I stole this from Amy's blog and though it's a time suck to load up, it's a great tool. See my widget lower left though I've only just begun to add books. The process made even more enjoyable as I scan by listening to new downloads by Angela Desveaux, Summer Hymns, Joseph Arthur, The Be Good Tanyas, Ray LaMontagne, A Girl Called Eddy, the Weepies, Sufjan Stephens, and the Decemberists. Merry Christmas from Merry Rocheport! See you next year.
Friday, December 22, 2006
Wednesday, December 20, 2006
I suppose I am allowed to quote an excerpt from an essay of mine, “Double or Nothing” appearing in the current Gettysburg Review (and hopefully you’ll order one and read the rest):
--I began to feel a distinct deja vu. Suddenly I was transported back to Boston where I lived fifteen years or so earlier. At that time in my life, I practiced a fervent faith that led to serendipitous encounters on a regular basis. God sometimes seemed to lift a curtain on His infinite, overlapping plot lines and let me in on the act. It kept life lively and expectations of the unexpected high. Uncanny occurrences, or “divine appointments,”, as the group I was associated with called them, served to increase the belief that we were participating in a grand tale on a cosmic scale. The “supernatural” intersected the “natural,” which was a totally reasonable occurrence to people in thrall to God.--
A week ago, someone named Stacy posted a comment to my blog. She had just read the above mentioned essay and took the time to google me, find my blog and post her reaction. Nothing pleases a writer more, or this writer anyway, than having someone other than your husband, mother or best friend not only read but give feedback on something you’ve written (not to diminish the responses of spouses, parents and friends but they’re liable to be just a wee bit biased.)
Anyway, that night
Then, this morning, I got a new post from Amy, a long lost friend of mine from my Boston days (which are the context for much of my essay). Amy had been at a blog, seen a link to Stacy’s site and gone to check it out. The current post at Stacy’s site linked her to my blog! Amy’s subsequent post was entitled, “Divine Connections or Coincidences...” which, unbeknownst to her, was the subject of my essay. Did you follow all that?
If you waited a long time, if you waited all your life for the love of your life to come along, then December 21st, being the longest night of the year, is the best possible date to marry the one you love. So I did and I did and I do.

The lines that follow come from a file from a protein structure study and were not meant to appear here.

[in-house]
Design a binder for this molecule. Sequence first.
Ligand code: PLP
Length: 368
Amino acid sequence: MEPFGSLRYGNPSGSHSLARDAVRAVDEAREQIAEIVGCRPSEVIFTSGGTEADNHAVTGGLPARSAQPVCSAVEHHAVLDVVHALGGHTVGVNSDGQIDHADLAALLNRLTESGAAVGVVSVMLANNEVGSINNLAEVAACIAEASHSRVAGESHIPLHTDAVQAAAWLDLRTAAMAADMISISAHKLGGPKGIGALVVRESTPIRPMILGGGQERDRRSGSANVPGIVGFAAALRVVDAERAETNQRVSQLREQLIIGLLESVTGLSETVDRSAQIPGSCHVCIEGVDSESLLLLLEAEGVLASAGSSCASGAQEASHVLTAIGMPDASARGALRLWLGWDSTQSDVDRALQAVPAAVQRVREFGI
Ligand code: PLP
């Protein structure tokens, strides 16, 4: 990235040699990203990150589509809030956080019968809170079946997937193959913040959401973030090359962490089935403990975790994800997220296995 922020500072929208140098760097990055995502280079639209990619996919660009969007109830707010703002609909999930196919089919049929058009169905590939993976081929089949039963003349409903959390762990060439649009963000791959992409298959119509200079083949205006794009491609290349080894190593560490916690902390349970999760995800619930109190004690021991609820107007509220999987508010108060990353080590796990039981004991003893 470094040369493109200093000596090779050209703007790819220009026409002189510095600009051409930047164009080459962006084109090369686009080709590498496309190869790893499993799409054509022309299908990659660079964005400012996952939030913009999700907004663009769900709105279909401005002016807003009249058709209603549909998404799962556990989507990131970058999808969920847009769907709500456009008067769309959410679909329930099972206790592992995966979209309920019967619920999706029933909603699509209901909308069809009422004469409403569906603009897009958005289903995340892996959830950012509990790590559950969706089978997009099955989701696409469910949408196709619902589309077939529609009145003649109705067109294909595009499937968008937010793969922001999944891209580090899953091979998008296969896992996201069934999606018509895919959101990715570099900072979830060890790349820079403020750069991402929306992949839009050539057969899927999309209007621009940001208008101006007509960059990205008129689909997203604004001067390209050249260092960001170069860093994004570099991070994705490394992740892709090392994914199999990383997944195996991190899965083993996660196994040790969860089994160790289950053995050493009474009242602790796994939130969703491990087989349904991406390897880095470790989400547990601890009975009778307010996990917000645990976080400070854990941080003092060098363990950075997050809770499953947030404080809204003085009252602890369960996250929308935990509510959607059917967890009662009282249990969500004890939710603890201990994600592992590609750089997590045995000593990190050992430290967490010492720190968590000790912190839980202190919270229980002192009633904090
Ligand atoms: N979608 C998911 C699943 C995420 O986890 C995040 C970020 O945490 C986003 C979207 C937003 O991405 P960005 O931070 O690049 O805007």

Happy 10th Anniversary, my one and only double you.
Tuesday, December 19, 2006
A refrain we've heard repeated almost everywhere we've stopped in Missouri. Seems every little town in this state has its claim on something being the oldest of its kind "west of the Mississippi," whether it's the oldest "continously running" hotel, bar, plank road, school, or restaurant (which leaves you wondering where the oldest non-continously running versions are scattered and what the heck all the other western states were doing in the meantime besides watching now extinct prairie grasses grow). On Friday morning, in anticipation of our upcoming tenth anniversary, I shoved a cup of the freshest coffee west of the Mississippi under my husband's sleeping nose and shouted, "Pack yer bags! We're off to the oldest town west of the Mississippi!"
And so we rambled down the road to St. Louis where we took a hard right and ended up in St. Gennevieve which was, by US of A standards west of the Mississippi, very old (1740's). Almost a hundred years older than our own little old Rocheport. We stayed in the cozy and romantic carriage house of the Inn St. Gemme Beauvais (circa 1848) and from there wandered historic streets settled by the French. Although the town was/is? French, the restaurant offerings were reminiscent of Boston diners I've declined so we resorted to bread, cheese and fruit in front the glow of our little fireplace and, as the town shut down at 5, an assortment of videos from the authentically antique front desk.
The shops (apart from the lovely one pictured above) held more promise, mostly "antique" shops that we poked and scavenged for usable junk. I have started a collection of what I've learned are "Frozen Charlottes" which I picked up for 2 to 10 bucks when I was lucky. I passed on them in other places that charged 15 or 20.
Also of interest was the museum, where all information was hand written or hand typed and attributed to this citizen or that, so that the articles described felt like they had actually been used by real people as opposed to having been made for museum exhibits. One of the things I found strangely fascinating were the intricate "hair wreaths" and "hair jewelry", (yes, items made from human hair though you would not guess it) which are now, sadly, a lost art form. The town was surprisingly devoid of Christmas (or any, for that matter) shoppers which made for pleasant browsing and strolling about.
On our way back to Rocheport, we spent another day in St. Charles (left of St. Louis) which was settled by the British and is also old, but not as old, and tres charming. There were plently of shops here and we walked the brick streets till I got shin splints. It was all lit for Christmas, carollers strolled, costumed Christmas characters (the Town Crier, the Sugar Plum Fairy, Father Christmas, etc.) spread good cheer. A lovely winter weekend away, west of the Mississippi.
Monday, December 04, 2006
My neighbor (her child is in the middle) took this on Thursday before our foot of snow accumulated. With a day off school, how could anxious kids with a new sleds wait any longer? I hope you lived somewhere that offered you this thrill as a kid. Memories of my own childhood winters in New Jersey before we moved to Texas were part of the reason I wanted to move somewhere that had seasons. Enjoy, my lovelies!